On one hand, this development suggests some predictability and certainty in settling claims involving future medical costs. Claimant attorneys are often resistant to dealing realistically with the issue of past and future Medicare reimbursement issues, on the basis that handling liens is the plaintiff's problem, not the defendants' problem. Unfortunately, the Medicare Secondary Payer Act. 42 U.S.C. §1395y(b)(2), is very explicit: CMS's reimbursement right is a problem for both plaintiffs and liability insurers. Liability insurers are "primary plans," their obligation to pay is demonstrated by judgment or payment under a release, and Medicare is entitled to bring an action against "all entities that are required or responsible…to make payment" if reimbursement for Medicare's provisional payments are not made---including "primary plans." The availability of CMS rules sanctioning the use of MSAs may provide a safeharbor that currently does not exist with respect to future medical expenses, and would provide a more concrete way to demonstrate to claimants' counsel that such steps are necessary for the protection of all parties.
On the other hand, overt approval of the use of MSAs seems likely to generate other uncertainties. MSAs work reasonably well in the workers compensation context, which does not involve determination of fault. By contrast, liability cases do---and American jurisdictions determine fault in diverse ways. Settlement decisions in liability cases are influenced just as much if not more by fault assessment as by extent or cost of injury. Fault assessment already complicates dealing with conditional payments. Explicitly importing a requirement that a portion of settlement also be set aside for uncertain future medical expenses will even further complicate the settlement negotiation process where serious questions of liability exist.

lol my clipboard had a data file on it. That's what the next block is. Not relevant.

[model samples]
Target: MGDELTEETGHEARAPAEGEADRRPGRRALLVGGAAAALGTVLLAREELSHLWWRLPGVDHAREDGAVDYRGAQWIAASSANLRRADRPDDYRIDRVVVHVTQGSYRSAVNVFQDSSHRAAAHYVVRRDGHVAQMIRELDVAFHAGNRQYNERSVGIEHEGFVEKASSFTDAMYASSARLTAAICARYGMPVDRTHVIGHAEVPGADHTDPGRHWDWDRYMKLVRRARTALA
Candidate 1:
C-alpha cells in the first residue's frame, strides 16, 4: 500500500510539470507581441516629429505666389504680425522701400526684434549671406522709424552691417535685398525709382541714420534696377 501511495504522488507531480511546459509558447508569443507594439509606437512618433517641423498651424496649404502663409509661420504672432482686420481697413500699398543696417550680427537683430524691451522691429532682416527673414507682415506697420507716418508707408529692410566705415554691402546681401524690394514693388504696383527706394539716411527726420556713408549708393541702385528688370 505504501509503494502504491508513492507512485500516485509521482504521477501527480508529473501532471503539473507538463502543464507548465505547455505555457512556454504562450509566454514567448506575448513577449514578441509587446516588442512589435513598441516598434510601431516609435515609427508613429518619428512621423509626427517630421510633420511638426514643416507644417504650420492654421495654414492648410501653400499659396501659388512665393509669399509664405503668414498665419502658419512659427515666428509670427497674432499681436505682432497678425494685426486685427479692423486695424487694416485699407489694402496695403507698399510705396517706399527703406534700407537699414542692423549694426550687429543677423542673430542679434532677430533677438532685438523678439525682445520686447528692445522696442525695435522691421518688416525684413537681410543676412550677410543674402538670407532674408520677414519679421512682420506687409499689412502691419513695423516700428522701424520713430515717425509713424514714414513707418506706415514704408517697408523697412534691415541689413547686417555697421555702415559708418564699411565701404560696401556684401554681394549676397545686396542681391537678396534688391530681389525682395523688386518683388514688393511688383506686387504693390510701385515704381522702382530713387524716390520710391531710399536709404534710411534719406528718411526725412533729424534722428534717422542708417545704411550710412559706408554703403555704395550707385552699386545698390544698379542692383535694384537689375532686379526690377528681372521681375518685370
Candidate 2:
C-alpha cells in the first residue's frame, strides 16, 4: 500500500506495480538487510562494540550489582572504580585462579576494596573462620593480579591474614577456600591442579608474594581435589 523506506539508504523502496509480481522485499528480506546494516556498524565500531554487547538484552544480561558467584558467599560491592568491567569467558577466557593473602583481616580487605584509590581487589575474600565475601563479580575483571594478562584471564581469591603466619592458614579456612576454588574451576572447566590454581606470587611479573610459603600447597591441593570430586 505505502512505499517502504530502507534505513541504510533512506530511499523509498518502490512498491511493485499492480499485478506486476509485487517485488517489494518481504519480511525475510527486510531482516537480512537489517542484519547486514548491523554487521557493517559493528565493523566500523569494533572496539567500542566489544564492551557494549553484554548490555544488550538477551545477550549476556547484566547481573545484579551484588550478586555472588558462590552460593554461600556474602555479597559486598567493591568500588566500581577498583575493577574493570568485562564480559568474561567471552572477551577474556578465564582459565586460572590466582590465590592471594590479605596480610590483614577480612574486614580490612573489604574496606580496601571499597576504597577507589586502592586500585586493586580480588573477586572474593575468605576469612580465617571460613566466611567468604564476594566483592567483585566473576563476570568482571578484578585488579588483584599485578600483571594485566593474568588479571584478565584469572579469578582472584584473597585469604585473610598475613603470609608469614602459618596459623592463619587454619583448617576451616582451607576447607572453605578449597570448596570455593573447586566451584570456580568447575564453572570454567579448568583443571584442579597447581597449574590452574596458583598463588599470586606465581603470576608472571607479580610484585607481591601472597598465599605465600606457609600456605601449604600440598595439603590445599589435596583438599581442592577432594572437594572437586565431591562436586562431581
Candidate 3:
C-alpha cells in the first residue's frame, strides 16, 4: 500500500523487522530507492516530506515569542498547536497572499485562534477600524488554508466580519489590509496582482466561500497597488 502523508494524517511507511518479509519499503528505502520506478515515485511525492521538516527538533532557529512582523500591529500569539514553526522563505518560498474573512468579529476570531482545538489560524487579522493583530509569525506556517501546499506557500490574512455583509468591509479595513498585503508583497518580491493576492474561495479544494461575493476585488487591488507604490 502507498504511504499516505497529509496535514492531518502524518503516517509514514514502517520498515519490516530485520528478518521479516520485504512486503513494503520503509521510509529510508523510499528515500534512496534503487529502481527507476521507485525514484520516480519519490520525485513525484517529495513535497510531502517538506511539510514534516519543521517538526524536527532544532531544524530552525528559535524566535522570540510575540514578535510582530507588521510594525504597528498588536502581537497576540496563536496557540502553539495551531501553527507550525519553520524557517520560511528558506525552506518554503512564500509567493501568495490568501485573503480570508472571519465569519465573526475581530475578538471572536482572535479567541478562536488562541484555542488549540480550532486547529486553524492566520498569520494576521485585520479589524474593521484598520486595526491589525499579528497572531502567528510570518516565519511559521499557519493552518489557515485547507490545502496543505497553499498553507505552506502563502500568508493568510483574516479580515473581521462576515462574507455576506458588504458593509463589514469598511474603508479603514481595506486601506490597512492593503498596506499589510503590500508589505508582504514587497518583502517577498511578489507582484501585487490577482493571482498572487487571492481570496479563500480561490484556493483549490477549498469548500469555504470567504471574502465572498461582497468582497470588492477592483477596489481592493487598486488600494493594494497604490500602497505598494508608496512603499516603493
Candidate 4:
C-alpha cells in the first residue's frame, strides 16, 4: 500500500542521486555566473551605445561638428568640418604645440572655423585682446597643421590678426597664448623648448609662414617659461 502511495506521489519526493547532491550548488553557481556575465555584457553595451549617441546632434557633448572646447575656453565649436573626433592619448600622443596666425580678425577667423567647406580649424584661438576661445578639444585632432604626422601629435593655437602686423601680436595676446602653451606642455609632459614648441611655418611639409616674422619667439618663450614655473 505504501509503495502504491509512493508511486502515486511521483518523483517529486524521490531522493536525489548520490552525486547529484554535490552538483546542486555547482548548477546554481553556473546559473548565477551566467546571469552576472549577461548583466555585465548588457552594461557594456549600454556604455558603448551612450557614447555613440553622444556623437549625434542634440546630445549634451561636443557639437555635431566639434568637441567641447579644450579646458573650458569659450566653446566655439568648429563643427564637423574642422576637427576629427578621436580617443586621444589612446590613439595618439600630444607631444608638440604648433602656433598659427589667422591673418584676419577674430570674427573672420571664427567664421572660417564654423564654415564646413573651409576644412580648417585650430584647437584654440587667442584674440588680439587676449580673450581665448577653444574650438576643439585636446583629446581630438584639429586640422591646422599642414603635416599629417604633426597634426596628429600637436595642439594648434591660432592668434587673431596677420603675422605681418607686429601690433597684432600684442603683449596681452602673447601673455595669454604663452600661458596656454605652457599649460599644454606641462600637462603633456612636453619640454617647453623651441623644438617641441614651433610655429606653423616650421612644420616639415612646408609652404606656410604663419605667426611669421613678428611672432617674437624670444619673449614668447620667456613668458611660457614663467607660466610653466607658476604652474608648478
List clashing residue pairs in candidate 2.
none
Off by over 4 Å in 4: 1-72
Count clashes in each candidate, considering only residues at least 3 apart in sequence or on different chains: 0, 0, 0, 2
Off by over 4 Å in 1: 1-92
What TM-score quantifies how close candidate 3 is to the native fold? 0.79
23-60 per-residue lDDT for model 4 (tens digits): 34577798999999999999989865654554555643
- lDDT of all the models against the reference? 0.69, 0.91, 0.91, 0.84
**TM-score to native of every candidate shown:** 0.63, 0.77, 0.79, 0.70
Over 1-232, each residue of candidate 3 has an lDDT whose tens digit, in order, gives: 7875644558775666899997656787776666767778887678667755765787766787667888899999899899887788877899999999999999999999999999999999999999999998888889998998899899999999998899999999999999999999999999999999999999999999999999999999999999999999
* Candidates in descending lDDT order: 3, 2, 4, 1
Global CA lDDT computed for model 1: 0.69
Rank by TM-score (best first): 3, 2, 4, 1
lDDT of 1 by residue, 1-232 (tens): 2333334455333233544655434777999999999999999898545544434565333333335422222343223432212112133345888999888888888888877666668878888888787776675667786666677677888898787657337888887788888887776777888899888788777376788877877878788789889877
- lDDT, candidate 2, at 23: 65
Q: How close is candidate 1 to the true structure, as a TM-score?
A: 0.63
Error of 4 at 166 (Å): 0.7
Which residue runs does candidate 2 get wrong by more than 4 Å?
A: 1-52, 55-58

Another interesting question is whether a liability insurer's payment of policy limits shields it from any responsibility for future payments. The Medicare Secondary Payer Act deems primary payers to be those from whom medical expenses have been made or can reasonably be expected to be made under a workmen's compensation law, a "plan of the United States or a State," or under an automobile or other liability insurance policy. Certainly for liability insurers this definition incorporates the concept of the insured's liability; but it also necessarily encompasses the issue of coverage under the policy. If a primary plan pays the entirety of its available coverage to a claimant, there is by definition no coverage left to pay future claims. Arguably, then, the liability insurer is no longer a primary plan under the Secondary Payer Act, as there is no reasonable expectation that remaining funds are available under the policy. Payment of policy limits, as a practical matter, may well relieve a liability insurer of the prospect of liability on any claim for reimbursement for future medical costs---including any such claim by CMS.
While this analysis stands to reason, CMS's broad reimbursement right against primary plans under the Act gives pause to liability insurers even where they are considering an offer of policy limits. Some insurers are genuinely concerned that CMS may retrospectively view payment of policy limits to a catastrophically injured claimant who then fails to retain sufficient funds for future medical costs as failure to "satisfy Medicare's interest" with respect to future medical expenses. It is a testament to the coercive influence of the Secondary Payer Act that even exhaustion of a policy may not provide satisfactory assurance that an insurer has satisfied its responsibility as a primary payer. Approval of MSAs in liability claim settlements does seem likely to reduce Medicare payouts, thereby achieving, at a high cost for litigants, the Act's chief goal. However, approval of rules authorizing MSAs seems even more likely to lead insurers towards increasingly complicated and costly procedures in an attempt to buy peace.
J. Richard Moore
Bleeke Dillon Crandall